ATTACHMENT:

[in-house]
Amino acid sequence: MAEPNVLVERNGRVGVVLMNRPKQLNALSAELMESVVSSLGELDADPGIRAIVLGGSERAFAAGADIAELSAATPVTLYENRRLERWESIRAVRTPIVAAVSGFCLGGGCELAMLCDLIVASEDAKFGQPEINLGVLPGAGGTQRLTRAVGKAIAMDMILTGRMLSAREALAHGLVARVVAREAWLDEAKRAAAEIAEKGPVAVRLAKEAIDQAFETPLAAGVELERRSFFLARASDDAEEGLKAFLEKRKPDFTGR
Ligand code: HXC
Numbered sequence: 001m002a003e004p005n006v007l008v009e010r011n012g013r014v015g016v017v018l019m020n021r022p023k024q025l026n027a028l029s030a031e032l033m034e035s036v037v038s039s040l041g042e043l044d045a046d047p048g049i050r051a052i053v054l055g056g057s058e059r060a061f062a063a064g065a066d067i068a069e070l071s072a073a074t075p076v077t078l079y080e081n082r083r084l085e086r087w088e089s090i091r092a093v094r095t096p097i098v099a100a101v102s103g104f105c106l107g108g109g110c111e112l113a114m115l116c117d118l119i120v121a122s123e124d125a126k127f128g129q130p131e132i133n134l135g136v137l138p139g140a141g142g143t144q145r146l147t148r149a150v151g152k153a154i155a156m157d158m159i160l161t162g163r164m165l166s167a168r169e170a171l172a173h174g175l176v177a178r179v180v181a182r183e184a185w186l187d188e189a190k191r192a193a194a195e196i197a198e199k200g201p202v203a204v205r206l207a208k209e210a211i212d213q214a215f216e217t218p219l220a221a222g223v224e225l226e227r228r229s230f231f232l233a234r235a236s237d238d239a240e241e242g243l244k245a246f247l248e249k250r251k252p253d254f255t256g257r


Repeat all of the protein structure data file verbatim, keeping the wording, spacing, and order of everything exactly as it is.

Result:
[in-house]
Amino acid sequence: MAEPNVLVERNGRVGVVLMNRPKQLNALSAELMESVVSSLGELDADPGIRAIVLGGSERAFAAGADIAELSAATPVTLYENRRLERWESIRAVRTPIVAAVSGFCLGGGCELAMLCDLIVASEDAKFGQPEINLGVLPGAGGTQRLTRAVGKAIAMDMILTGRMLSAREALAHGLVARVVAREAWLDEAKRAAAEIAEKGPVAVRLAKEAIDQAFETPLAAGVELERRSFFLARASDDAEEGLKAFLEKRKPDFTGR
Ligand code: HXC
Numbered sequence: 001m002a003e004p005n006v007l008v009e010r011n012g013r014v015g016v017v018l019m020n021r022p023k024q025l026n027a028l029s030a031e032l033m034e035s036v037v038s039s040l041g042e043l044d045a046d047p048g049i050r051a052i053v054l055g056g057s058e059r060a061f062a063a064g065a066d067i068a069e070l071s072a073a074t075p076v077t078l079y080e081n082r083r084l085e086r087w088e089s090i091r092a093v094r095t096p097i098v099a100a101v102s103g104f105c106l107g108g109g110c111e112l113a114m115l116c117d118l119i120v121a122s123e124d125a126k127f128g129q130p131e132i133n134l135g136v137l138p139g140a141g142g143t144q145r146l147t148r149a150v151g152k153a154i155a156m157d158m159i160l161t162g163r164m165l166s167a168r169e170a171l172a173h174g175l176v177a178r179v180v181a182r183e184a185w186l187d188e189a190k191r192a193a194a195e196i197a198e199k200g201p202v203a204v205r206l207a208k209e210a211i212d213q214a215f216e217t218p219l220a221a222g223v224e225l226e227r228r229s230f231f232l233a234r235a236s237d238d239a240e241e242g243l244k245a246f247l248e249k250r251k252p253d254f255t256g257r